Raise your hand if you had a mother who instilled the stranger danger line in your head from a young age.
Raise your hand if you had police officers come into your elementary classes and tell you to under no circumstances get in a car with someone you don’t know.
Of course. We all did. So I’m well aware.
Last week my university’s musical theater club put on a show, and I, a musical lover, bought a ticket, ate a quick dinner and made sure I caught a bus that would get me to campus in an appropriate amount of time.
Everything went according to plan, and the show was pretty good (even if almost everyone in it was kind of pitchy). However, after the show around 10:45-ish, I had to walk home. The busses where I live are SO GREAT and they don’t run in my direction past EIGHT-THIRTY!!!! Luckily, I live close to campus, and my walk is no more than 15 minutes. That being said, it’s common sense that a young female should not be walking in the dark near a campus. I have done it before, at a later hour no less, and it’s been fine, but I’m still paranoid, and the alarm bells in my head still go off every time I see my own shadow. However, that night, I was more worried about the cold.
As I’m walking to the outskirts of my campus and toward the main road, a bus drives by. It’s a campus shuttle, and I’ve been on them many times. I laugh to myself because I know that that bus will be driving right by my place and it would have been sweet if I could’ve hitched a ride. Not two minutes later does another shuttle bus come by. Only this time, it slows down. And the bus driver rolls down the window and motions for me to come closer. I walk around to the door, and the bus driver (an elderly Indian lady) asks where I’m going and if I need a ride. I’m not joking. I could have gotten a private bus ride right home. I tell her I don’t live far and I’m okay walking, but she persists. So again, I thank her and decline. She drives off.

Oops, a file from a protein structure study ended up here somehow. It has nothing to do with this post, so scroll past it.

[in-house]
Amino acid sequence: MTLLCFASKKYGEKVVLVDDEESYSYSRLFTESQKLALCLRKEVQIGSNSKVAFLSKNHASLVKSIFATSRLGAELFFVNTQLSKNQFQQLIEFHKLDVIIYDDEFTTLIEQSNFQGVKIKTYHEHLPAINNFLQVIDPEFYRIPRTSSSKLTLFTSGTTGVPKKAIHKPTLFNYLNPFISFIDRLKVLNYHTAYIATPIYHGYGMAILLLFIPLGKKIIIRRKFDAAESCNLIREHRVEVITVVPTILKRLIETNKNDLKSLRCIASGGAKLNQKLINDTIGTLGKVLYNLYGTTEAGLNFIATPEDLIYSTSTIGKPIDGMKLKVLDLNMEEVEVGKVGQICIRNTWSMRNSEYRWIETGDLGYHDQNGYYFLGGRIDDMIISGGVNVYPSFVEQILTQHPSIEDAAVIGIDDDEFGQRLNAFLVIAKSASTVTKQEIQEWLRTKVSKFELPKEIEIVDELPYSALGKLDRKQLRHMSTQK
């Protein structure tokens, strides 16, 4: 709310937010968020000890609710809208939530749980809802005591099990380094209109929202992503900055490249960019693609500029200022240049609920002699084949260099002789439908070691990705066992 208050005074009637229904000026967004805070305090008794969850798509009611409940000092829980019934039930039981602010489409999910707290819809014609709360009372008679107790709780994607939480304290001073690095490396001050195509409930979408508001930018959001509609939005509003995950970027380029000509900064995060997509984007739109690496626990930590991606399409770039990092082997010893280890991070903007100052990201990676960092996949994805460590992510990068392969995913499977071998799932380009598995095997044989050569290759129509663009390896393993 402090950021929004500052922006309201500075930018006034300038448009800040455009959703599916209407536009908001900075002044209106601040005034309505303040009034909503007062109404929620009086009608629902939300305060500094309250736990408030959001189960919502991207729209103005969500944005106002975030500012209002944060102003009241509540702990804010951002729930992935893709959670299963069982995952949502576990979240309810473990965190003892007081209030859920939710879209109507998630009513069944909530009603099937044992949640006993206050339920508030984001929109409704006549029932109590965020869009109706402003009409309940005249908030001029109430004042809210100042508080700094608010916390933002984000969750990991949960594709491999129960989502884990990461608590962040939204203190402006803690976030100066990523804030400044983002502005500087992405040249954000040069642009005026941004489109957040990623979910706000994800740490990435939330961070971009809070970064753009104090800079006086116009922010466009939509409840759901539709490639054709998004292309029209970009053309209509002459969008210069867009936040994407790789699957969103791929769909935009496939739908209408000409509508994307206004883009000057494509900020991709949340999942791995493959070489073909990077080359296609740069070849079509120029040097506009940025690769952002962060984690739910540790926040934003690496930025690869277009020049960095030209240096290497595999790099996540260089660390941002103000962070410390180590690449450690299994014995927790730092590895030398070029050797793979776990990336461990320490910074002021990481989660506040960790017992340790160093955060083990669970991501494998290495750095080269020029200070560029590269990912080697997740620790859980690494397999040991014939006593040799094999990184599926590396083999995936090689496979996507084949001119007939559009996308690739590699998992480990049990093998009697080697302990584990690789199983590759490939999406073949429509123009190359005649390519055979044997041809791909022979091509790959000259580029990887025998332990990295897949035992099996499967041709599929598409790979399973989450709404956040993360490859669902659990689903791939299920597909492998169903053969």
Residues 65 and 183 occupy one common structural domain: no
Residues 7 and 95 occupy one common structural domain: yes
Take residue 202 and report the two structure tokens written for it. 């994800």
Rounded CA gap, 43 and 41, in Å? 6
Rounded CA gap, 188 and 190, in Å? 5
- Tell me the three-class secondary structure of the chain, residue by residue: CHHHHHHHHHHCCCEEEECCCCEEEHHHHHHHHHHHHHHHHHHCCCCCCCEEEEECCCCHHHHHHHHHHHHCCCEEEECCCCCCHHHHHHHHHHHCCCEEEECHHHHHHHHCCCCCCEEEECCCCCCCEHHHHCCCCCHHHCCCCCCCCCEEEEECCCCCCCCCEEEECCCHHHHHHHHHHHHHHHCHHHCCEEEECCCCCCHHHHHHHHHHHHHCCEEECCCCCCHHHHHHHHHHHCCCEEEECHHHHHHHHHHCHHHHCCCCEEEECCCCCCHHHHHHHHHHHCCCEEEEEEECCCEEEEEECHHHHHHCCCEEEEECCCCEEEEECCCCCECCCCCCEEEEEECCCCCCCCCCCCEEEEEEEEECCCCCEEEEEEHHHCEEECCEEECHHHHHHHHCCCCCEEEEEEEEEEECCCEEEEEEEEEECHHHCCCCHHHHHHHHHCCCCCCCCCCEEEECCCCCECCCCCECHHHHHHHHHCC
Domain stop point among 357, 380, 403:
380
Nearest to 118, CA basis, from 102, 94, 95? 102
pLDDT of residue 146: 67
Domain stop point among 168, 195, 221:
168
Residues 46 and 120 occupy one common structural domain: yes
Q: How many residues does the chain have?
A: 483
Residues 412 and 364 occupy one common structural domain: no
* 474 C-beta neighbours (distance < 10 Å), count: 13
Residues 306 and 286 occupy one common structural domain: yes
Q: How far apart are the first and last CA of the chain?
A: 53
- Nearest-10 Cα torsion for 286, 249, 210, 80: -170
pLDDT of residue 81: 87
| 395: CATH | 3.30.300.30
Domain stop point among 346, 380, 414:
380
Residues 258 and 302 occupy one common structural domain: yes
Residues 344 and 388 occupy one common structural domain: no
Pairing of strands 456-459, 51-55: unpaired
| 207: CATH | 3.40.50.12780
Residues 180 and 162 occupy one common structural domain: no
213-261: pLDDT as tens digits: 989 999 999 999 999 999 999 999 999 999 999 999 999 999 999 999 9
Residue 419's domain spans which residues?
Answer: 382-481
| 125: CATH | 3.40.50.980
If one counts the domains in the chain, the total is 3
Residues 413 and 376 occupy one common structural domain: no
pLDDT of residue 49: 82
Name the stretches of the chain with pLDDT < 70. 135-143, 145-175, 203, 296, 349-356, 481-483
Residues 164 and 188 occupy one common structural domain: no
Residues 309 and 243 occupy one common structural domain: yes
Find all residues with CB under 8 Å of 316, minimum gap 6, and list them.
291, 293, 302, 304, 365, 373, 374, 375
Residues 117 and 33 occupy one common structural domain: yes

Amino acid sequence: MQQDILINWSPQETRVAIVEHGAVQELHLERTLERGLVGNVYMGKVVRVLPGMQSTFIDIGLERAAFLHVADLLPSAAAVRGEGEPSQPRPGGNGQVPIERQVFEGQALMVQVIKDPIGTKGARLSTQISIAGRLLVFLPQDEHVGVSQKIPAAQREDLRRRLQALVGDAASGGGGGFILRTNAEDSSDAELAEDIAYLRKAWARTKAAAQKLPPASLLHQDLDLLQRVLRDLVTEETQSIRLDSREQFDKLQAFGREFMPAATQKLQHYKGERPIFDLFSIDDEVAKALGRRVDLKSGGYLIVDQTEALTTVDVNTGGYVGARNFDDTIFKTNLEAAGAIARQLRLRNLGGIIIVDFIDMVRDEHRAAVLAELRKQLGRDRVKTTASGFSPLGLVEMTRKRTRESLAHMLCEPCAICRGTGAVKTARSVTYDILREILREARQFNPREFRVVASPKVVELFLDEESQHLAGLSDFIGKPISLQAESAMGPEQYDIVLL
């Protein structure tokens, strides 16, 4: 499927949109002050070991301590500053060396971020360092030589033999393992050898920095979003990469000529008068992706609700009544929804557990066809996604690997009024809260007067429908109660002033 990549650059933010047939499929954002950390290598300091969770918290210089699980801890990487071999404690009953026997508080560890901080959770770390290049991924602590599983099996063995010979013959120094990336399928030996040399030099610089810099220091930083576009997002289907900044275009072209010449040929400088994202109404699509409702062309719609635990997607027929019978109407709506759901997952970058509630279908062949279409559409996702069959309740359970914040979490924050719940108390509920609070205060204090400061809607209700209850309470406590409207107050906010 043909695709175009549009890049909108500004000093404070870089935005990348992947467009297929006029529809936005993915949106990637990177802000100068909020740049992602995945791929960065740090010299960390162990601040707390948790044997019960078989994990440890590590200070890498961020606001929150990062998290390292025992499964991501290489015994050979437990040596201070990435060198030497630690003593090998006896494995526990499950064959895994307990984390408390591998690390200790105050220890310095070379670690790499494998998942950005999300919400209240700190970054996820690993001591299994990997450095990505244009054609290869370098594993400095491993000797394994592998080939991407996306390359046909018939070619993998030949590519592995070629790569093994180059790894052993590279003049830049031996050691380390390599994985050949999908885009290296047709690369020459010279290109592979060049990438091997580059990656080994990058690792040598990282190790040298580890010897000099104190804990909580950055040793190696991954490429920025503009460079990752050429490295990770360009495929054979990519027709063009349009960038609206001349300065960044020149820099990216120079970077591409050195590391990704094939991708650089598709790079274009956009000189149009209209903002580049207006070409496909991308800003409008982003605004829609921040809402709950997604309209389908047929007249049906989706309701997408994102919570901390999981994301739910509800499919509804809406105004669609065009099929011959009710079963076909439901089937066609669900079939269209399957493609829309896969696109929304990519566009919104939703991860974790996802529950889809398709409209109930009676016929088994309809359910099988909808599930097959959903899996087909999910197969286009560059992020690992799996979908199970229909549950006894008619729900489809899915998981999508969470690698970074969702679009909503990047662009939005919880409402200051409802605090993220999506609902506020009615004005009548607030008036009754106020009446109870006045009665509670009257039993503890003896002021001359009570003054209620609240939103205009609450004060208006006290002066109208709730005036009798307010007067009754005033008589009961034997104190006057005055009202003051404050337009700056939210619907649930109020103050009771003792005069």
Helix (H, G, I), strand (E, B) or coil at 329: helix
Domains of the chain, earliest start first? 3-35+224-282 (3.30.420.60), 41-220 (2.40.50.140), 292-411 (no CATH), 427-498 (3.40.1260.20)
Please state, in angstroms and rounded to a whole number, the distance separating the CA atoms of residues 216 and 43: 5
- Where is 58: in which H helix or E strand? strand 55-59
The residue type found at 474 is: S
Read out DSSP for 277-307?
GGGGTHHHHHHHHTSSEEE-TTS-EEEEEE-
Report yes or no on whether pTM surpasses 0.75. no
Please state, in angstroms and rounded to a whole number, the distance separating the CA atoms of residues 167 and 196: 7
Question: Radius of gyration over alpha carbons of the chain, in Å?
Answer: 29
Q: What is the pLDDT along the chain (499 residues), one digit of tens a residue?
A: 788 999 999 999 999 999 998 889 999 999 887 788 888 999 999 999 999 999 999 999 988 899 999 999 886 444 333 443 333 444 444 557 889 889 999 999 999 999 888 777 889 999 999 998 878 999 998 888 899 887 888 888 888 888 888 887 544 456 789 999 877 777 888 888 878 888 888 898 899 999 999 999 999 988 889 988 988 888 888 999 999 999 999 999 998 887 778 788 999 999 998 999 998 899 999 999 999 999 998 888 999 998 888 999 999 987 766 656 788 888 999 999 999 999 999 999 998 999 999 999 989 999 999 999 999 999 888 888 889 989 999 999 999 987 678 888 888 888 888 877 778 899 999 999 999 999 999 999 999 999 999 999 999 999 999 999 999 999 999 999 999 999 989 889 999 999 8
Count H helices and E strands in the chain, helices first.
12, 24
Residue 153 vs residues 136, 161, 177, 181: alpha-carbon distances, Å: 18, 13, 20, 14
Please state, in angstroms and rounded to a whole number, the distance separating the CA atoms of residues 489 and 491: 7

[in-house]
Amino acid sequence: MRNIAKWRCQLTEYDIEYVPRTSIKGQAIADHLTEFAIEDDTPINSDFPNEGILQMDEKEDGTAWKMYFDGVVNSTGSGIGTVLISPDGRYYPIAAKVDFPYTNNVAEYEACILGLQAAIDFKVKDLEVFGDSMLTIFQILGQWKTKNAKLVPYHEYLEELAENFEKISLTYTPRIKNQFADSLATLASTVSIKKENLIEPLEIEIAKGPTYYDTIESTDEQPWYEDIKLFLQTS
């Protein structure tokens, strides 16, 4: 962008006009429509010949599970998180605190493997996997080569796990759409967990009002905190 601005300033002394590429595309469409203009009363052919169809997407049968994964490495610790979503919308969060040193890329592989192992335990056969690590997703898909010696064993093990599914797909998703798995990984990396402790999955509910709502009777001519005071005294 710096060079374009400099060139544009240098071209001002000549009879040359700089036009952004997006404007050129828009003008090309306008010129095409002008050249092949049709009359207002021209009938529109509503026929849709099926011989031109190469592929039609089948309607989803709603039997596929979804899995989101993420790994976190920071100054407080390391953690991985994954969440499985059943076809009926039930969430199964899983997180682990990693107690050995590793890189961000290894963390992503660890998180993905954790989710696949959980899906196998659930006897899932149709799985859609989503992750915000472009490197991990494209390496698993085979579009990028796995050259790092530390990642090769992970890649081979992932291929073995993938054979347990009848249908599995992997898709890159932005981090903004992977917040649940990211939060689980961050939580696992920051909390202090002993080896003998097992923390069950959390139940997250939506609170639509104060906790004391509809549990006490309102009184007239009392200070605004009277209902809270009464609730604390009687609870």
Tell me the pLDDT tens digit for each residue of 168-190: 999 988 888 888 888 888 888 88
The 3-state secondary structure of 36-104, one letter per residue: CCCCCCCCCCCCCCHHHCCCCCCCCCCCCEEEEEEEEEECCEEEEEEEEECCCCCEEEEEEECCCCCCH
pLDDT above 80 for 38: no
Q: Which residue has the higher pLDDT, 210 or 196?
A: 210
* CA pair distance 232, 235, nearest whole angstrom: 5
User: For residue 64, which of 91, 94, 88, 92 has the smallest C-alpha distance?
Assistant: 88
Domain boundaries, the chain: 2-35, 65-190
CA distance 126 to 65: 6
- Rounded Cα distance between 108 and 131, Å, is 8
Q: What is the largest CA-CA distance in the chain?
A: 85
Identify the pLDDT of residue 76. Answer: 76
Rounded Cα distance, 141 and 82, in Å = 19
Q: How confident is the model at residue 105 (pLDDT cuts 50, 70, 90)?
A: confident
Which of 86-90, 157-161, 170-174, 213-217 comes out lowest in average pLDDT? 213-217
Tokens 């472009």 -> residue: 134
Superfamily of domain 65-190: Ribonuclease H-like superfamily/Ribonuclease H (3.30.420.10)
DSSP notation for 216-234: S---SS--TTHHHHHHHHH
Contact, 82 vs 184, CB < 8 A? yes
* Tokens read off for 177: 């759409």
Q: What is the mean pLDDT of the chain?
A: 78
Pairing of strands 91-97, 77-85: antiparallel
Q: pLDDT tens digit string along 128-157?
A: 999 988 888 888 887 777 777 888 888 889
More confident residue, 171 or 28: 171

I don’t even get another ten meters before a minivan comes by, and that slows down too. This time it’s a middle aged lady and she right away says, “I know you shouldn’t accept rides from strangers, but do you need a lift?” and as she says this, she rolls down the back window to show me that she has two kids in the back seat. But again, I decline, saying thanks but I’m fine walking and I live really close, so she drives off.
No more vehicles approach me, but those two were enough to get me thinking the whole way home. It was really nice of those ladies to offer me a ride. They were complete strangers and they could have just driven right past. That’s the normal thing to do, actually. It wasn’t even that cold (though I did have two sweaters, an undershirt and a ski jacket on).
I did consider accepting, though. Both times. I mean, yes they were risks, but out of anyone, an elderly lady and a middle aged mom were probably two of the safest bets. I’m sure I would have been perfectly fine, and no murders would have occurred. But I’m a cautious person, and I really was fine walking, so I said no. I’m sure my mother is reading this and is nodding fondly with approval.
Strangers are risks and they can be a real danger. I know that. But out of the six billion people on this planet, most are probably harmless. I mean, it was a risk for those ladies to assume I’m not a murder myself (I’m not, jsyk). We’re taught to avoid strangers and always be cautious, and while that is good advice, maybe that’s stopping us from experiencing the joys of a good deed, or seeing a kind side of a human.
As I walked, I thought a lot about strangers and good deeds. When was the last time I went out of my way to do something randomly kind for a stranger? I don’t know. Does that make me a bad person? No. It makes me safe.
I was going to challenge you all to do something nice for a stranger, and you should, but want I really want you to do is marvel at humans. We can be so nice and kind and good hearted for no reason. That’s awesome. And then go use that new sense of respect to go be a better stranger. I got home feeling really happy and safe, and that was not the feeling I expected to have when I exited the campus theater. Shoutout to those two ladies and shoutout to anyone who’s done something like that out of the kindness of their heart. It’s people like you who make this crazy world we live in a decent place.
That’s all for now!